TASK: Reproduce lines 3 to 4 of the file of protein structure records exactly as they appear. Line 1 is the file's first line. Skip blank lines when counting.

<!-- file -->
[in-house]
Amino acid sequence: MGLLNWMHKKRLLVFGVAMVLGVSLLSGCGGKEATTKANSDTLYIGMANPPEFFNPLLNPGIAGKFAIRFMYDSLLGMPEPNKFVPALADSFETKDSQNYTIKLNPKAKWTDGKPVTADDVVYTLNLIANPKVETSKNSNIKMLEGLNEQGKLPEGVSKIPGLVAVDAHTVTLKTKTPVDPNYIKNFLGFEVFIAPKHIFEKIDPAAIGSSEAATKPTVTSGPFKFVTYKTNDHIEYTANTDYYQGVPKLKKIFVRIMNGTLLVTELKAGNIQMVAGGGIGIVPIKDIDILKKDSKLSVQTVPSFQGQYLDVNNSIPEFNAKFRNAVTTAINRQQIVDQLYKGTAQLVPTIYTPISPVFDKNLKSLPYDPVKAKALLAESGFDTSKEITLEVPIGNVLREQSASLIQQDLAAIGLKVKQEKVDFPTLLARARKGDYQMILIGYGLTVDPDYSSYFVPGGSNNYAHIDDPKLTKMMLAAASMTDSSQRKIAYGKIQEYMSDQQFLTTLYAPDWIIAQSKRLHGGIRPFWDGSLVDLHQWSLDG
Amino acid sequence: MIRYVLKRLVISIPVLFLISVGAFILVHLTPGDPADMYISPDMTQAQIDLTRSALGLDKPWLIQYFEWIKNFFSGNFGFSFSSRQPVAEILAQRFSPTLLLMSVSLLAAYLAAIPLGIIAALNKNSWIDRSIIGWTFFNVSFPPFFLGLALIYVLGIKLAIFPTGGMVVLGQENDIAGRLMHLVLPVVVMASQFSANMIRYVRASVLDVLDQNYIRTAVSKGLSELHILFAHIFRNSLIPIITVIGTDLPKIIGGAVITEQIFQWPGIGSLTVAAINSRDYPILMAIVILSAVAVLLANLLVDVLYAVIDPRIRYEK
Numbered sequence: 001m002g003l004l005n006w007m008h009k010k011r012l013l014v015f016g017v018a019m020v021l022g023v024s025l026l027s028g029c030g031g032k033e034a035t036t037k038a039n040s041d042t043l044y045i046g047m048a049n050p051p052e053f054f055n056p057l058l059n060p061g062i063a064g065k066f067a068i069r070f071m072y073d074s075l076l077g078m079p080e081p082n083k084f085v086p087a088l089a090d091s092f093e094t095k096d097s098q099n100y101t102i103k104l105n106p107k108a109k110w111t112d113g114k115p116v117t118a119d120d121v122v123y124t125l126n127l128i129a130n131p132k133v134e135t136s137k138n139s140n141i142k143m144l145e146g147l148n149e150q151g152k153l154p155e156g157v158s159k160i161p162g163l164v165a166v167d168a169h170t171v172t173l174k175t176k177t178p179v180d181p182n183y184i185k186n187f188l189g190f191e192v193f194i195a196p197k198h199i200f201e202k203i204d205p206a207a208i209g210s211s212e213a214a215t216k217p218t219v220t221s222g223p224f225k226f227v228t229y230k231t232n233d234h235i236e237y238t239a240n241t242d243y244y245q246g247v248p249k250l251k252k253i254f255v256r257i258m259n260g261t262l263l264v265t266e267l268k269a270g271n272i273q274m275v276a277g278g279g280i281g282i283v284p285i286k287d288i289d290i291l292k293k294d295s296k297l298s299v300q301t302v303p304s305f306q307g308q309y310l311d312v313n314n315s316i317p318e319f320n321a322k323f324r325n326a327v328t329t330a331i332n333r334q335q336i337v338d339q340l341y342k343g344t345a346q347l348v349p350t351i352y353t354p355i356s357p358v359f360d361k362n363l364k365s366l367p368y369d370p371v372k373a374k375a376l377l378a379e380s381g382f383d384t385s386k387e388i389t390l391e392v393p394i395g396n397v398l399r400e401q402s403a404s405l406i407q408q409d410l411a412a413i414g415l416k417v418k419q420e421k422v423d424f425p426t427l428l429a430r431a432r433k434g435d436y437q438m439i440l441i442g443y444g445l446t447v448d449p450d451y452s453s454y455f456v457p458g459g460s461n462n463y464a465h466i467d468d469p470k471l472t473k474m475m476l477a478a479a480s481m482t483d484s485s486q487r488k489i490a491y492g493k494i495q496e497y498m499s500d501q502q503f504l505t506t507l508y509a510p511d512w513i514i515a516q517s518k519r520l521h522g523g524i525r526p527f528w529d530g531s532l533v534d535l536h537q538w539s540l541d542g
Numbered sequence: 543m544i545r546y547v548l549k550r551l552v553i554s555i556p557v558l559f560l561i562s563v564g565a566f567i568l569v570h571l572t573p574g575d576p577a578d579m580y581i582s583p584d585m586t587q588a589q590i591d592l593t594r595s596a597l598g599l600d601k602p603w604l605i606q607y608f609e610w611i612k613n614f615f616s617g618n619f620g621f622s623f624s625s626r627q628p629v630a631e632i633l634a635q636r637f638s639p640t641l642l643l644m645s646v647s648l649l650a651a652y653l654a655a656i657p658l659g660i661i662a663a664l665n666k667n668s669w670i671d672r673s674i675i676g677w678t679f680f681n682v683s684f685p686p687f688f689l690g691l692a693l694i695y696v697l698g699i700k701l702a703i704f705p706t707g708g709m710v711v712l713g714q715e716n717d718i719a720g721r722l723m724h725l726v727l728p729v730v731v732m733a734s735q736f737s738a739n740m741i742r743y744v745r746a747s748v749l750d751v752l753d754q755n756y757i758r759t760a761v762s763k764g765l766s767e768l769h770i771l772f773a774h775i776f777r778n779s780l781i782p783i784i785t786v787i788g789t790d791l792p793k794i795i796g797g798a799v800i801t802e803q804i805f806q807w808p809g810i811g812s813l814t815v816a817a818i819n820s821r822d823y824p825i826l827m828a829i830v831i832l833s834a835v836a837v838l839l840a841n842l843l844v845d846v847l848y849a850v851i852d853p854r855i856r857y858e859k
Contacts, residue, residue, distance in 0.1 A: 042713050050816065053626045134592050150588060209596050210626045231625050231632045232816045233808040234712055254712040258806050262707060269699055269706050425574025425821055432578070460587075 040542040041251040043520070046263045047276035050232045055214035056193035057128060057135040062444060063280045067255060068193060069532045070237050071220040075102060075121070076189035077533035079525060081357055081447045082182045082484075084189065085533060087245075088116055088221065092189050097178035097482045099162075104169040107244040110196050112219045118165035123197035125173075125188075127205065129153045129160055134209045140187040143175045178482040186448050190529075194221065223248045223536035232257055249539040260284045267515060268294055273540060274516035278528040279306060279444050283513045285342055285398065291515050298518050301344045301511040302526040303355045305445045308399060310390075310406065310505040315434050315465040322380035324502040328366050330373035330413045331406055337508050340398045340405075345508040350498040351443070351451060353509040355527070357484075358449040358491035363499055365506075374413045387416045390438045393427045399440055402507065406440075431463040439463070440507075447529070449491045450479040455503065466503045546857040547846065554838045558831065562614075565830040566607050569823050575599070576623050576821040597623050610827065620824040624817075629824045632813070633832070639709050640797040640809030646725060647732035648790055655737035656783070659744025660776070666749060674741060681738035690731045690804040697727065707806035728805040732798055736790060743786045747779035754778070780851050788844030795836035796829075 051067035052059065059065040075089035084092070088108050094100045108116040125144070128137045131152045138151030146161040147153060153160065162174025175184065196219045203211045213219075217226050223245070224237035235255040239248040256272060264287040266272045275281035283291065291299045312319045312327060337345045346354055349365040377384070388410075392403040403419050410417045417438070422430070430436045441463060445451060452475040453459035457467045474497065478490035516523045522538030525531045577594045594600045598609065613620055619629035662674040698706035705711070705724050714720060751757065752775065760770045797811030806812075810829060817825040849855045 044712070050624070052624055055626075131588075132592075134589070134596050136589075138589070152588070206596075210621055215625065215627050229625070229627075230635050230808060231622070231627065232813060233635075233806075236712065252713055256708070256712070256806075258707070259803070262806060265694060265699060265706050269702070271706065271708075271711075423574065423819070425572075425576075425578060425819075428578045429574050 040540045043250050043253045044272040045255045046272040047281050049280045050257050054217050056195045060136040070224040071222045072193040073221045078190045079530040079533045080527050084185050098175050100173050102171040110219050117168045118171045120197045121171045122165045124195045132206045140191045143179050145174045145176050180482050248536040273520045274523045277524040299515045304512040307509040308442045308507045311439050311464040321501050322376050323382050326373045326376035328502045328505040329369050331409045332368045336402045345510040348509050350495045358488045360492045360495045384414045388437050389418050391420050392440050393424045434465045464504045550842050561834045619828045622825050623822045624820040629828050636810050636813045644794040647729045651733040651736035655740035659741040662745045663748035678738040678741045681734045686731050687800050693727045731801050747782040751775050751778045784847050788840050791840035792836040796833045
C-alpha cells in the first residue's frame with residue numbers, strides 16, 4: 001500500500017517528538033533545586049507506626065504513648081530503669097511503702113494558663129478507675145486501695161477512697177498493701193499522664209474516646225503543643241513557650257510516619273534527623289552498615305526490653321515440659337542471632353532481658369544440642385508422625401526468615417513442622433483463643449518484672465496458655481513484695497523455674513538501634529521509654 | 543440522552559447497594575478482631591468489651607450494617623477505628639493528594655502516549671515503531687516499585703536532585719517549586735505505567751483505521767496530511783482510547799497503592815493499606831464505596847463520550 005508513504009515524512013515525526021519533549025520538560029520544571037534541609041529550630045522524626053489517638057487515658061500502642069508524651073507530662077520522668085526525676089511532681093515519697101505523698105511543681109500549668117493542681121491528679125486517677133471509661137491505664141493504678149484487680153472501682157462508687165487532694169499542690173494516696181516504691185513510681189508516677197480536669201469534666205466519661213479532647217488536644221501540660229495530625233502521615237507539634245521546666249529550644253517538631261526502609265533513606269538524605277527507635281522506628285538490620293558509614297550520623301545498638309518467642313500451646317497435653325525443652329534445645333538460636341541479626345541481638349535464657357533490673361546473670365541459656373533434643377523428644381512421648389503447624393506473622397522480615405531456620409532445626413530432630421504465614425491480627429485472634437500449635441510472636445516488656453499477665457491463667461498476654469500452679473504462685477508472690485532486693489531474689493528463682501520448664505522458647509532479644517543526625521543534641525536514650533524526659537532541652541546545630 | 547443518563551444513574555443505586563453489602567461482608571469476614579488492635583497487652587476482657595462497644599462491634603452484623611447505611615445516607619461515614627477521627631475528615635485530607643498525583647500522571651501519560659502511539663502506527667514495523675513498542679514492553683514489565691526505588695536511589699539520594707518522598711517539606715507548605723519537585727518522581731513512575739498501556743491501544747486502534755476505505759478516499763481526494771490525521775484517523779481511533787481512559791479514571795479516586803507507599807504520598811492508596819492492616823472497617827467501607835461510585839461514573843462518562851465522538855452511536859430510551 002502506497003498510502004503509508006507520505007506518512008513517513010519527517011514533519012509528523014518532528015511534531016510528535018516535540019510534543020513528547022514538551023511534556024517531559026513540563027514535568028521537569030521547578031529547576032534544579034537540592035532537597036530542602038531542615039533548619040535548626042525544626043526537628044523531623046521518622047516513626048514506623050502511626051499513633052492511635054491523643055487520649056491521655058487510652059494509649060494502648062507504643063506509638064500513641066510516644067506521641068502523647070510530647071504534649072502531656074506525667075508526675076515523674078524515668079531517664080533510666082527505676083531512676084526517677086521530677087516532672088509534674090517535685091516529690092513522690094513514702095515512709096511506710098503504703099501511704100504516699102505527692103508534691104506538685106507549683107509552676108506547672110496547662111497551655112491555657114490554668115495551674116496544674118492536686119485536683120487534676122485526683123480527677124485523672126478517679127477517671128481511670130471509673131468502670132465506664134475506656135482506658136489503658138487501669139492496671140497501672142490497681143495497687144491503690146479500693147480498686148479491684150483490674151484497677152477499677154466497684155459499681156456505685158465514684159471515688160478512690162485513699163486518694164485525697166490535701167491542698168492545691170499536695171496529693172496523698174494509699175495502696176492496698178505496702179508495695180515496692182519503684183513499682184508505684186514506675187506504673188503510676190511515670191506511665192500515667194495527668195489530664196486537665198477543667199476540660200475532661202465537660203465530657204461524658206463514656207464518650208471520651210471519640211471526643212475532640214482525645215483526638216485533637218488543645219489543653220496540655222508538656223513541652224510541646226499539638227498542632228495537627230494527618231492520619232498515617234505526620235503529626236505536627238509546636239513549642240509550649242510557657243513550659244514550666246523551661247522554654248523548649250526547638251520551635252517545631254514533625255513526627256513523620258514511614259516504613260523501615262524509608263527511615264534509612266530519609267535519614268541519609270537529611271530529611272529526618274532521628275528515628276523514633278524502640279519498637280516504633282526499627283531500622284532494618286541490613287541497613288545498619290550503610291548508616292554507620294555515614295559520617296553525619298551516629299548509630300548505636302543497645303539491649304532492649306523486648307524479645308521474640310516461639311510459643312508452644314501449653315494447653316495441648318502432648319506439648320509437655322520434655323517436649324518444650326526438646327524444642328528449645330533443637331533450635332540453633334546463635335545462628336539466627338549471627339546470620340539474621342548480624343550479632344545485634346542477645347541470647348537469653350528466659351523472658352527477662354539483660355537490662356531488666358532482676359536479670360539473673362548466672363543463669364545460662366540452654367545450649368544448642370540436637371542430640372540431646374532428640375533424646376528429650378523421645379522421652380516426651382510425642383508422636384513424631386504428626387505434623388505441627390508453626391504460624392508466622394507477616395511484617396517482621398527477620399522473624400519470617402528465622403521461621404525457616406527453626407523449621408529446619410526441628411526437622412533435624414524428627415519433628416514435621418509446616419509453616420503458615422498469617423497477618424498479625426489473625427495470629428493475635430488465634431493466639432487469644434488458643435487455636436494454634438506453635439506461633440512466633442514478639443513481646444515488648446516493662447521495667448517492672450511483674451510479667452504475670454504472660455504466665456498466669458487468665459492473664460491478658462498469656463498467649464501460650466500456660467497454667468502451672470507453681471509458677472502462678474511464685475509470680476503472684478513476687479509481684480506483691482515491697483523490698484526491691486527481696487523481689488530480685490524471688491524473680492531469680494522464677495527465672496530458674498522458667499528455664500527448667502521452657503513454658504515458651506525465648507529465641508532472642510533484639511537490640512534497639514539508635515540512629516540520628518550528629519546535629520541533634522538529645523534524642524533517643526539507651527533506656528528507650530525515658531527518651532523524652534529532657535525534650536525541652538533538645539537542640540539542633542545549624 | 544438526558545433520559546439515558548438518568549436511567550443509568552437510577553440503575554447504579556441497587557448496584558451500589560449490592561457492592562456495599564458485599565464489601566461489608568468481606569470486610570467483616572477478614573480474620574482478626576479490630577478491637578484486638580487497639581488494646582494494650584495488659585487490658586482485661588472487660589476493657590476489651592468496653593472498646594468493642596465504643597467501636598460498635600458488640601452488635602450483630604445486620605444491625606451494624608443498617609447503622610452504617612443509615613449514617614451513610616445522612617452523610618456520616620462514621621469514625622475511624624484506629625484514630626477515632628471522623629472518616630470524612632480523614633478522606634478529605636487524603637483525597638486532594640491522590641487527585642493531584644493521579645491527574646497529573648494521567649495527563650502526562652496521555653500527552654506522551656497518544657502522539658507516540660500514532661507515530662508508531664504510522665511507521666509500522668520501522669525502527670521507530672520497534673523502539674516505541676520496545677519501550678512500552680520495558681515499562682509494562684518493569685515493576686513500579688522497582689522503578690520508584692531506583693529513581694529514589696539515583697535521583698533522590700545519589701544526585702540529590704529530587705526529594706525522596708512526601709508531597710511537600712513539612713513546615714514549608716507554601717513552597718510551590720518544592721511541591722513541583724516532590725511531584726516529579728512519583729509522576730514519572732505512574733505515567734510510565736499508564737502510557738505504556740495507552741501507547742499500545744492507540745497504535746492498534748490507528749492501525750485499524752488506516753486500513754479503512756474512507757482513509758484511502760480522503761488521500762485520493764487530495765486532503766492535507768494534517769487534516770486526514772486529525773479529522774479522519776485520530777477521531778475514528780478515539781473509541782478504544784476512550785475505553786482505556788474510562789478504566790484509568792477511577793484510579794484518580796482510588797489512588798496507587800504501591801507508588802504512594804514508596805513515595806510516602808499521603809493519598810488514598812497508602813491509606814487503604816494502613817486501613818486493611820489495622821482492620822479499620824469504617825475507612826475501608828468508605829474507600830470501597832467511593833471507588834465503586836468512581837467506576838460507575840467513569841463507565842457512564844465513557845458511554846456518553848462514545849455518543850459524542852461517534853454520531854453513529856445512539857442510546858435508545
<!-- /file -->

Amino acid sequence: MIRYVLKRLVISIPVLFLISVGAFILVHLTPGDPADMYISPDMTQAQIDLTRSALGLDKPWLIQYFEWIKNFFSGNFGFSFSSRQPVAEILAQRFSPTLLLMSVSLLAAYLAAIPLGIIAALNKNSWIDRSIIGWTFFNVSFPPFFLGLALIYVLGIKLAIFPTGGMVVLGQENDIAGRLMHLVLPVVVMASQFSANMIRYVRASVLDVLDQNYIRTAVSKGLSELHILFAHIFRNSLIPIITVIGTDLPKIIGGAVITEQIFQWPGIGSLTVAAINSRDYPILMAIVILSAVAVLLANLLVDVLYAVIDPRIRYEK
Numbered sequence: 001m002g003l004l005n006w007m008h009k010k011r012l013l014v015f016g017v018a019m020v021l022g023v024s025l026l027s028g029c030g031g032k033e034a035t036t037k038a039n040s041d042t043l044y045i046g047m048a049n050p051p052e053f054f055n056p057l058l059n060p061g062i063a064g065k066f067a068i069r070f071m072y073d074s075l076l077g078m079p080e081p082n083k084f085v086p087a088l089a090d091s092f093e094t095k096d097s098q099n100y101t102i103k104l105n106p107k108a109k110w111t112d113g114k115p116v117t118a119d120d121v122v123y124t125l126n127l128i129a130n131p132k133v134e135t136s137k138n139s140n141i142k143m144l145e146g147l148n149e150q151g152k153l154p155e156g157v158s159k160i161p162g163l164v165a166v167d168a169h170t171v172t173l174k175t176k177t178p179v180d181p182n183y184i185k186n187f188l189g190f191e192v193f194i195a196p197k198h199i200f201e202k203i204d205p206a207a208i209g210s211s212e213a214a215t216k217p218t219v220t221s222g223p224f225k226f227v228t229y230k231t232n233d234h235i236e237y238t239a240n241t242d243y244y245q246g247v248p249k250l251k252k253i254f255v256r257i258m259n260g261t262l263l264v265t266e267l268k269a270g271n272i273q274m275v276a277g278g279g280i281g282i283v284p285i286k287d288i289d290i291l292k293k294d295s296k297l298s299v300q301t302v303p304s305f306q307g308q309y310l311d312v313n314n315s316i317p318e319f320n321a322k323f324r325n326a327v328t329t330a331i332n333r334q335q336i337v338d339q340l341y342k343g344t345a346q347l348v349p350t351i352y353t354p355i356s357p358v359f360d361k362n363l364k365s366l367p368y369d370p371v372k373a374k375a376l377l378a379e380s381g382f383d384t385s386k387e388i389t390l391e392v393p394i395g396n397v398l399r400e401q402s403a404s405l406i407q408q409d410l411a412a413i414g415l416k417v418k419q420e421k422v423d424f425p426t427l428l429a430r431a432r433k434g435d436y437q438m439i440l441i442g443y444g445l446t447v448d449p450d451y452s453s454y455f456v457p458g459g460s461n462n463y464a465h466i467d468d469p470k471l472t473k474m475m476l477a478a479a480s481m482t483d484s485s486q487r488k489i490a491y492g493k494i495q496e497y498m499s500d501q502q503f504l505t506t507l508y509a510p511d512w513i514i515a516q517s518k519r520l521h522g523g524i525r526p527f528w529d530g531s532l533v534d535l536h537q538w539s540l541d542g